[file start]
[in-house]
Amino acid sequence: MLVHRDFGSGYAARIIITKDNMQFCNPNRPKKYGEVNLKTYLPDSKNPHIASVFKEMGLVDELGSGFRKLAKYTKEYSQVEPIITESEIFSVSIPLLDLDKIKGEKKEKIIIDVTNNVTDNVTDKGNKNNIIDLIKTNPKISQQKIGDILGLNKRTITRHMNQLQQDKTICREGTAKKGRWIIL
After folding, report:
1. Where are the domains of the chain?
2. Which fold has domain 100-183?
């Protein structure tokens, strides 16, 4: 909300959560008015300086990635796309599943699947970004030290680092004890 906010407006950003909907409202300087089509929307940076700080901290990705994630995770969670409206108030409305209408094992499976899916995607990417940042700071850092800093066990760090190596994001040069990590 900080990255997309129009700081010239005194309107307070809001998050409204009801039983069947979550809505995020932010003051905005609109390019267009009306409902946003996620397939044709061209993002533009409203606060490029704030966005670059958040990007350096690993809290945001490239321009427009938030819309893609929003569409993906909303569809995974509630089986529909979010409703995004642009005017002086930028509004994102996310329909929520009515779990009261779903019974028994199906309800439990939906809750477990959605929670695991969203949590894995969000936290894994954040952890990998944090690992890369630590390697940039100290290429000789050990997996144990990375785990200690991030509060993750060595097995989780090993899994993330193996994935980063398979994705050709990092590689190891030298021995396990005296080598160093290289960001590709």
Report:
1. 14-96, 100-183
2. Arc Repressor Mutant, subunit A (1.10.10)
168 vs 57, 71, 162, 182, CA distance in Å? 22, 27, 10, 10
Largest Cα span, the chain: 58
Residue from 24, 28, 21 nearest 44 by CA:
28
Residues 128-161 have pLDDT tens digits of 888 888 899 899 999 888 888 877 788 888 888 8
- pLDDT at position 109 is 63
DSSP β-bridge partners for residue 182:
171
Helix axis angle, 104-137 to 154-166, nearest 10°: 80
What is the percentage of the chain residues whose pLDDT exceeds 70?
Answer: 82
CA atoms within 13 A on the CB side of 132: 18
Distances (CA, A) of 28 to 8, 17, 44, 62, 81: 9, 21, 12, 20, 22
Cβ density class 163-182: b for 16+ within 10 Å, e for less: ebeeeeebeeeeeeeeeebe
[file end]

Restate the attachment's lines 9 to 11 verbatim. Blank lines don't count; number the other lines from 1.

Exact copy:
2. Arc Repressor Mutant, subunit A (1.10.10)
168 vs 57, 71, 162, 182, CA distance in Å? 22, 27, 10, 10
Largest Cα span, the chain: 58